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Robert Jastrow and Milton Halem

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Robert Jastrow and Milton Halem
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Milton Halem and Robert Jastrow

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Milton Halem and Ming-Dah Chow

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Simulation studies on the performance of IR sounders under varying conditions of cloud cover and cloud heights are carried out for Nimbus 6. An analytic function is derived for calculating the relative response to cloud height errors for arbitrary cloud-sensing channels. Based on the values of the response function, the best choice of channels for determining cloud amounts are obtained. An algorithm is described for determining cloud heights and the sensitivity of cloud-height sensing channels are tested. It is found that for the HIRS instrument, the most transparent channel in the 4.3 μm band is optimal for adjusting cloud heights while the channel in the 15 μm band peaking closest to the surface is best for determining cloud amounts.

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David M. Straus and Milton Halem

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We investigate here the statistical effects of changing boundary conditions on the daily fluctuations of the atmosphere. Weather fluctuations obtained from simulations with the GLAS general circulation model (GCM) and from observed station data are stochastically modeled over the continental United States. Eleven model January integrations with randomly perturbed initial conditions for three different years were carried out with identical climatological boundary conditions. These integrations are considered as independent realizations of an unchanging climate, whose statistical properties represent the natural variability (i.e., the unpredictable component) of the atmosphere.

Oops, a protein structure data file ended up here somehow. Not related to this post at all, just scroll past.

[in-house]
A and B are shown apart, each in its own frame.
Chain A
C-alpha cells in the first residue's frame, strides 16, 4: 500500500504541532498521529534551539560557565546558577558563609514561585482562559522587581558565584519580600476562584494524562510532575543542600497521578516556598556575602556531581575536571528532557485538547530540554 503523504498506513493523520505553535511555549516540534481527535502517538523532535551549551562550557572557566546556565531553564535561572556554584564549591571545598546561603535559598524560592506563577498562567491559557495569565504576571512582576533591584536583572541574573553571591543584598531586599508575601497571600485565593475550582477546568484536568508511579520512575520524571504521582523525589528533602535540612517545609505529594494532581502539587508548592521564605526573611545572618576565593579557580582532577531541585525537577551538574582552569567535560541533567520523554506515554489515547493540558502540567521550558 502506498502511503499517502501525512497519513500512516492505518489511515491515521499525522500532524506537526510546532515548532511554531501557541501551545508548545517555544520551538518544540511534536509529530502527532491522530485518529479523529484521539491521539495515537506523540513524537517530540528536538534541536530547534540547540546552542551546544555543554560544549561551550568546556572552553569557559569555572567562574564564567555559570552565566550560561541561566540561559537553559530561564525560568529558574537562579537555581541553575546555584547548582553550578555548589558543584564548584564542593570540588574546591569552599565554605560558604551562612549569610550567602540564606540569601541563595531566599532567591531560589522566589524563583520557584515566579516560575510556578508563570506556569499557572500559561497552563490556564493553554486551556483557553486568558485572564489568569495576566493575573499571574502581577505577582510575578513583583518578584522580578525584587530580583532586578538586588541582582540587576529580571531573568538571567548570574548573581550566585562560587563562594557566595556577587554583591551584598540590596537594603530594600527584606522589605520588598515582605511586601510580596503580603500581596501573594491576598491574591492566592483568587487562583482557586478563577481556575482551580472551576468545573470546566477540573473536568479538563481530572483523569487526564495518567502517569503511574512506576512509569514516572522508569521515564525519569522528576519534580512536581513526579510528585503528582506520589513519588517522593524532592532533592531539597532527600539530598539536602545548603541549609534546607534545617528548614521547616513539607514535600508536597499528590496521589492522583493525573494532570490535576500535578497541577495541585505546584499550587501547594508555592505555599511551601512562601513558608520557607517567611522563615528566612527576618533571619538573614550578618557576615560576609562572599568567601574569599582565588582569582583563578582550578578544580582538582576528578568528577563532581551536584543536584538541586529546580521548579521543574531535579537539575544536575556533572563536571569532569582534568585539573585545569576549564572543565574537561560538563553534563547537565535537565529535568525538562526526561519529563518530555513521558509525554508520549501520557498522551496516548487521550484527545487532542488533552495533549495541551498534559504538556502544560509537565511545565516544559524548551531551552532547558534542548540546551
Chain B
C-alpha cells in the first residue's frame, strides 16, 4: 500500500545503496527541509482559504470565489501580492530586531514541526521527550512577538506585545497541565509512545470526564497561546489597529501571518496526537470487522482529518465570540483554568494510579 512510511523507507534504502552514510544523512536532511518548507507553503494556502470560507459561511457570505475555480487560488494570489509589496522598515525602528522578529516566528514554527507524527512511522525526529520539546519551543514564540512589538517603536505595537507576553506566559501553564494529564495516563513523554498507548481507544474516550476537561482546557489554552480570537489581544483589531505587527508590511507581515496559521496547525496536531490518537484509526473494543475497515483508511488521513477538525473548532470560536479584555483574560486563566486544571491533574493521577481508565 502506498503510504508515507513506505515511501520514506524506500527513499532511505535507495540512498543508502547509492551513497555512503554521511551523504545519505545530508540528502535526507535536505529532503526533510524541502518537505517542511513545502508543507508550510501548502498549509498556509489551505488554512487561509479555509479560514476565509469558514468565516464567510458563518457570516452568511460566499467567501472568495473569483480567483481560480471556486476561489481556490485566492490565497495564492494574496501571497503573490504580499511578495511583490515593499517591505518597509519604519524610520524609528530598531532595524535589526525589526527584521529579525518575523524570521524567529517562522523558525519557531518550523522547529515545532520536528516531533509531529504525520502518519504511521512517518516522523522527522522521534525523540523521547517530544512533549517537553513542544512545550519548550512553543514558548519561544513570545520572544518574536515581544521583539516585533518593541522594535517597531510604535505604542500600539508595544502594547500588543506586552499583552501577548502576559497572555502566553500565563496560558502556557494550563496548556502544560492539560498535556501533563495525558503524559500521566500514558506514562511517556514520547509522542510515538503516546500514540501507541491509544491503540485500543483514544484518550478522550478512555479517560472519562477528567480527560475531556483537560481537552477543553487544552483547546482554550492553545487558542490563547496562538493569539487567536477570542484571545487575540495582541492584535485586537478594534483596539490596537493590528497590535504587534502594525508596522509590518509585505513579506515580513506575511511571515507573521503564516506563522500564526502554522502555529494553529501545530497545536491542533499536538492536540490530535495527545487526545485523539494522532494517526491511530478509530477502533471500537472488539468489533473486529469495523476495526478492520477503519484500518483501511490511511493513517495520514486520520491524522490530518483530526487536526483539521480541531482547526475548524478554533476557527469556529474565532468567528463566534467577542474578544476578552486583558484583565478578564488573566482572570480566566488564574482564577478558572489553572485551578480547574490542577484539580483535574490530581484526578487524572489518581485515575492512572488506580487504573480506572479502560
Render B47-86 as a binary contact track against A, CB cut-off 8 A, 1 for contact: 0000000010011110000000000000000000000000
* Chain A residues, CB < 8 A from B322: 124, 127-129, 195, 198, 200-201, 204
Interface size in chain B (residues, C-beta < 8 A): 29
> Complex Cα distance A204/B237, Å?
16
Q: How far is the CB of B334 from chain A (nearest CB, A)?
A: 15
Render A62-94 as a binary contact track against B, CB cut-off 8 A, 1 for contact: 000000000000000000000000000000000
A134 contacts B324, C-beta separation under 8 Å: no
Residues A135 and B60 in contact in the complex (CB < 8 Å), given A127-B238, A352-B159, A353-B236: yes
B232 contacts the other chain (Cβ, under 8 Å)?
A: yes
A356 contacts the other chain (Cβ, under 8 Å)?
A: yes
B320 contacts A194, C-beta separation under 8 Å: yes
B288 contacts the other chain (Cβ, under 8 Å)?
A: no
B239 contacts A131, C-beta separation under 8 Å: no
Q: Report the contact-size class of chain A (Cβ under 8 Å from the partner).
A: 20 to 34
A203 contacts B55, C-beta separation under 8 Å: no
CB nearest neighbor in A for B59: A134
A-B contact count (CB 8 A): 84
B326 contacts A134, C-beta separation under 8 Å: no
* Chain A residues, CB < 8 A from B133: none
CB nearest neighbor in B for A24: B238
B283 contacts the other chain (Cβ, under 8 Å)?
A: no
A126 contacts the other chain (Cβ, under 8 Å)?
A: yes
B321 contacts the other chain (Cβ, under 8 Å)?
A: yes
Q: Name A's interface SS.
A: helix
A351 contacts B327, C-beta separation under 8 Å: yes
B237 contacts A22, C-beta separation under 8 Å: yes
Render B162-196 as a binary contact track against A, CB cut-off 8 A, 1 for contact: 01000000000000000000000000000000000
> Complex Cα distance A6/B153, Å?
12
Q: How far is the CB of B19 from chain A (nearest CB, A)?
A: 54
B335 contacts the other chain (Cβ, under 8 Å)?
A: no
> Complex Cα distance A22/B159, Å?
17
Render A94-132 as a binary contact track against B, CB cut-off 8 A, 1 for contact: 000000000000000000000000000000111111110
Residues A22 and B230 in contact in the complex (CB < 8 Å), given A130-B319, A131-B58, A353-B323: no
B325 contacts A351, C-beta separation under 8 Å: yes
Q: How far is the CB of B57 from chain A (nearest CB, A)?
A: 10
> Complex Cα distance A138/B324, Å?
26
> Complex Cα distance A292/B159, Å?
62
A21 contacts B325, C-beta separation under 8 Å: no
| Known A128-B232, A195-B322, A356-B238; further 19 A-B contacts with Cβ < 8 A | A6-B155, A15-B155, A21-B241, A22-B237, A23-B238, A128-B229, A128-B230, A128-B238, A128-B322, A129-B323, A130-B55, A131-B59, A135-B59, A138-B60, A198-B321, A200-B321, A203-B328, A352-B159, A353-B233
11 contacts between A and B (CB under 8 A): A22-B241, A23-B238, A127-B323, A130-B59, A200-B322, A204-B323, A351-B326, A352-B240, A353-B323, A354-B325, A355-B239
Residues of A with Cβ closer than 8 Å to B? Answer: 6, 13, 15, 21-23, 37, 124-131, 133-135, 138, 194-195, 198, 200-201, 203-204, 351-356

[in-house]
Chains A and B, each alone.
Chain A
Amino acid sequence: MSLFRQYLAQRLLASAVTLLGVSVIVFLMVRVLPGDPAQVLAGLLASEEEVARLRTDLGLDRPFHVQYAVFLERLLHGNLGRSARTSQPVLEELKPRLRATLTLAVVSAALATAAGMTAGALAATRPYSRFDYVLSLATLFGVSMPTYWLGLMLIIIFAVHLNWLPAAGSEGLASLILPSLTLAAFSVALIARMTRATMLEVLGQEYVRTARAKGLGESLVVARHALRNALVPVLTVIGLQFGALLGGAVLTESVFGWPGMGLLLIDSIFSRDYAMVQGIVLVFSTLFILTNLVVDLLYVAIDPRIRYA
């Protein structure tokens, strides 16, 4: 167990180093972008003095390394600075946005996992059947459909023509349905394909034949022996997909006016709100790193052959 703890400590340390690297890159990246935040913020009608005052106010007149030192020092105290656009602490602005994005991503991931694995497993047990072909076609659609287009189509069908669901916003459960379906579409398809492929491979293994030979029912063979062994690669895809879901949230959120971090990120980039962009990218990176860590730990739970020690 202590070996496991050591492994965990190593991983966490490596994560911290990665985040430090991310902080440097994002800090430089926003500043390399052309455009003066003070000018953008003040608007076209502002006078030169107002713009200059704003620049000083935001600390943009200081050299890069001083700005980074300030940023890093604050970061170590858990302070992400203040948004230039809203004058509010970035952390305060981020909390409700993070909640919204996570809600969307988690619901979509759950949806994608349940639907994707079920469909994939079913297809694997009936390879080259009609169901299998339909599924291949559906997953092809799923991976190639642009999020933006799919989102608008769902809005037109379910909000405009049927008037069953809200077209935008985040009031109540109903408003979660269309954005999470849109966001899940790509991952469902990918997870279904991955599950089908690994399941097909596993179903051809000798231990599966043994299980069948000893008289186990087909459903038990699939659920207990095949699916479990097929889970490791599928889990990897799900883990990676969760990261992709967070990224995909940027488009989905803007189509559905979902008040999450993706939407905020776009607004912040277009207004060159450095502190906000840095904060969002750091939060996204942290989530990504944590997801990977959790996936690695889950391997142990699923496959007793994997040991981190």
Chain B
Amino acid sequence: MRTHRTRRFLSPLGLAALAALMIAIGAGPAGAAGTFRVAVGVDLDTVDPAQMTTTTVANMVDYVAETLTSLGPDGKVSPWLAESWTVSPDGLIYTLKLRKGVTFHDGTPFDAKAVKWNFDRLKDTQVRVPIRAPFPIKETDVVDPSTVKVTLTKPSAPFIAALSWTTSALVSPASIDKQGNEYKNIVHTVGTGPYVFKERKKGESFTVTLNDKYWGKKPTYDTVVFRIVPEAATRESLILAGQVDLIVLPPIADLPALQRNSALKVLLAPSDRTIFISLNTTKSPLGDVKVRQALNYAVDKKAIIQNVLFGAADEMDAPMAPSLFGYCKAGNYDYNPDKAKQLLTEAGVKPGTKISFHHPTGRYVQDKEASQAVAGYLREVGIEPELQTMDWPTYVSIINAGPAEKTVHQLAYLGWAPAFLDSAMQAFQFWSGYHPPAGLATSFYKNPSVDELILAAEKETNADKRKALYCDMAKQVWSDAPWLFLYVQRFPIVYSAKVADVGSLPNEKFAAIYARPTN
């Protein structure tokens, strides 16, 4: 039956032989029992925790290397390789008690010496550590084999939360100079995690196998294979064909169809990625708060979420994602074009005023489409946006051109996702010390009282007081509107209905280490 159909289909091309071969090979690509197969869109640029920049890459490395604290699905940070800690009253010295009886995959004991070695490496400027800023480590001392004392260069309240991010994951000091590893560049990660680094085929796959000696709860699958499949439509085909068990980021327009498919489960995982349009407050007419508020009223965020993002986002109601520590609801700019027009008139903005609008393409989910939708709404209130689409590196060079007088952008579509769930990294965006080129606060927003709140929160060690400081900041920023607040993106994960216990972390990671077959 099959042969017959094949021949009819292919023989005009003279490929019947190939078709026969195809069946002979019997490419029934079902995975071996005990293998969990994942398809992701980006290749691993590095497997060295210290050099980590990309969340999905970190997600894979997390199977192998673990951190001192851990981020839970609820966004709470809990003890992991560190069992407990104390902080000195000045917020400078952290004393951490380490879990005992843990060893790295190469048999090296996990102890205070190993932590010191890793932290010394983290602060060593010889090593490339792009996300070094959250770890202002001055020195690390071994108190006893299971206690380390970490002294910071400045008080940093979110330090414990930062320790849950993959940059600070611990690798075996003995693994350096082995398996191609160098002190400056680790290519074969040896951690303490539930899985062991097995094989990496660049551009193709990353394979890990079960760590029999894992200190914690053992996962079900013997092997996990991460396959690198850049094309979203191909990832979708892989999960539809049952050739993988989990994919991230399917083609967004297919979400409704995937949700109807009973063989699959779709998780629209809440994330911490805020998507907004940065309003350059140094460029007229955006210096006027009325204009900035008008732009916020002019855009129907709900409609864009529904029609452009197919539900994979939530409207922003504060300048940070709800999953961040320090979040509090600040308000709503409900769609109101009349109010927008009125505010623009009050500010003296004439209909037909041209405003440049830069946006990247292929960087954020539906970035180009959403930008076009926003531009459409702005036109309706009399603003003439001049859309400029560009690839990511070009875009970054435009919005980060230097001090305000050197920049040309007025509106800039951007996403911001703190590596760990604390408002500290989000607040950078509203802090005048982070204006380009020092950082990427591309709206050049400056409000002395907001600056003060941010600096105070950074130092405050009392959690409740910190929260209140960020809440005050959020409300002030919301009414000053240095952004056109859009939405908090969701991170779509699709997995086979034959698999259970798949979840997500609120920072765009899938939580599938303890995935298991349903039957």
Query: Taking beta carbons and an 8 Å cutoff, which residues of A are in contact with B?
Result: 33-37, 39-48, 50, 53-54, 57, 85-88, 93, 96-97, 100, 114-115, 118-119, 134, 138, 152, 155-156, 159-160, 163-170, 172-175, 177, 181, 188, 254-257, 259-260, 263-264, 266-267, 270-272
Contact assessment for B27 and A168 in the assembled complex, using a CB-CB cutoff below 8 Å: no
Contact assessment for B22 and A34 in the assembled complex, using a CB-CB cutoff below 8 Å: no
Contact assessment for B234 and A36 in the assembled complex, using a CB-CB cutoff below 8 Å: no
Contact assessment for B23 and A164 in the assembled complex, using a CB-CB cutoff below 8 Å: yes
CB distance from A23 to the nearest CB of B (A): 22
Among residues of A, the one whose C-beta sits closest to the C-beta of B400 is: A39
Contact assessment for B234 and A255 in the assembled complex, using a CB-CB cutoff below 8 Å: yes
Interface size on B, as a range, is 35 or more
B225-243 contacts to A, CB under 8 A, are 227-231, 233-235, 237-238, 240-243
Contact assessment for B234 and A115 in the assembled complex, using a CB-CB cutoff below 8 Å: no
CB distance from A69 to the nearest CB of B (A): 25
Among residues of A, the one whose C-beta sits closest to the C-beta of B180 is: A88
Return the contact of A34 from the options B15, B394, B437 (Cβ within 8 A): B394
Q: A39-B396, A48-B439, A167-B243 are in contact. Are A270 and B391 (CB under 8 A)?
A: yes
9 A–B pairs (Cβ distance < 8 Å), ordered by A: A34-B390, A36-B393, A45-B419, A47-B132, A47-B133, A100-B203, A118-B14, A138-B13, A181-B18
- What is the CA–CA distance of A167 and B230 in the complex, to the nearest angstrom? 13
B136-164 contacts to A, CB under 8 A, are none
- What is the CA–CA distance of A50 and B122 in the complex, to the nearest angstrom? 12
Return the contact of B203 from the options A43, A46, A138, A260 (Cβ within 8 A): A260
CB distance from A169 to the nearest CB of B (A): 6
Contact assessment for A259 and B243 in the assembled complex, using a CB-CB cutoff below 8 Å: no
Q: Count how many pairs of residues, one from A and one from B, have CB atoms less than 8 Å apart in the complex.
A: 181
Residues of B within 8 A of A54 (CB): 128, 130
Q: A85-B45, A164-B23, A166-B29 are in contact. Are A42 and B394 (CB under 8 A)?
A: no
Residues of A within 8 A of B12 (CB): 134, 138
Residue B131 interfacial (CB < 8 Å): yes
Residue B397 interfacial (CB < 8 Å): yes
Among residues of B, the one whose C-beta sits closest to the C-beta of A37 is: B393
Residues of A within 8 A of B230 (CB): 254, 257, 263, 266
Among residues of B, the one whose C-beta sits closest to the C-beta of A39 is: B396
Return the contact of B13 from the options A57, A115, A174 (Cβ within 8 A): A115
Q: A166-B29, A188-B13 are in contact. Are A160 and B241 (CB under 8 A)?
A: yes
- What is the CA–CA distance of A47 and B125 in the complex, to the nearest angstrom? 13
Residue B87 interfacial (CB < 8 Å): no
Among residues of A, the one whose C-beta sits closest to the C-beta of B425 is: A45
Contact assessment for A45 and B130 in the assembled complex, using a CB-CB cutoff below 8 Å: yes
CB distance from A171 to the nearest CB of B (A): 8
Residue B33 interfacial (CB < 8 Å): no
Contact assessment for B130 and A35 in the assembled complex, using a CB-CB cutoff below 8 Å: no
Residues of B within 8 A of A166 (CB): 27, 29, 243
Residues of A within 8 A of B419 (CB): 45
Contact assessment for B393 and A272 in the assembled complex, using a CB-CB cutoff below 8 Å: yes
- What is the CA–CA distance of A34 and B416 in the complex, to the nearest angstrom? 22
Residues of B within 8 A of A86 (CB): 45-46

Finite autoregressive processes (zeroth order or white noise, first order and second order) are used to model the behavior of the surface temperature and sea level pressure at 54 surface stations distributed over the continental United States. It is found that white noise and first-order processes are inconsistent with both the model and the observational data but that for many regions (in particular the midwest United States) a second-order process is consistent with the data. A comparison of the autocovariance functions (acfs) with those of the “best-fit” first- and second-order autoregressive processes indicates that the calculated acfs become negative after a few days, a feature that a first-order process cannot reproduce. Limitations to the statistical confidence of all these results were the fact that the integrations were only 31 days long and the initial conditions were not as independent as randomly chosen states.

Comparisons of model results with those from observations indicate that the changing boundary conditions do not affect the sea level pressure fluctuations on time scales less than one month, but that this assumption may not be true for surface temperature. This suggests an intrinsic limitation for inferring monthly or seasonal estimates of natural fluctuations of surface temperature from the observed daily statistics. Two further results suggested by the study are (i) that modeling climate noise at a station may require higher order autoregressive processes or must take into account spatial correlations, and (ii) that the applicability of stochastic processes may be geographically dependent.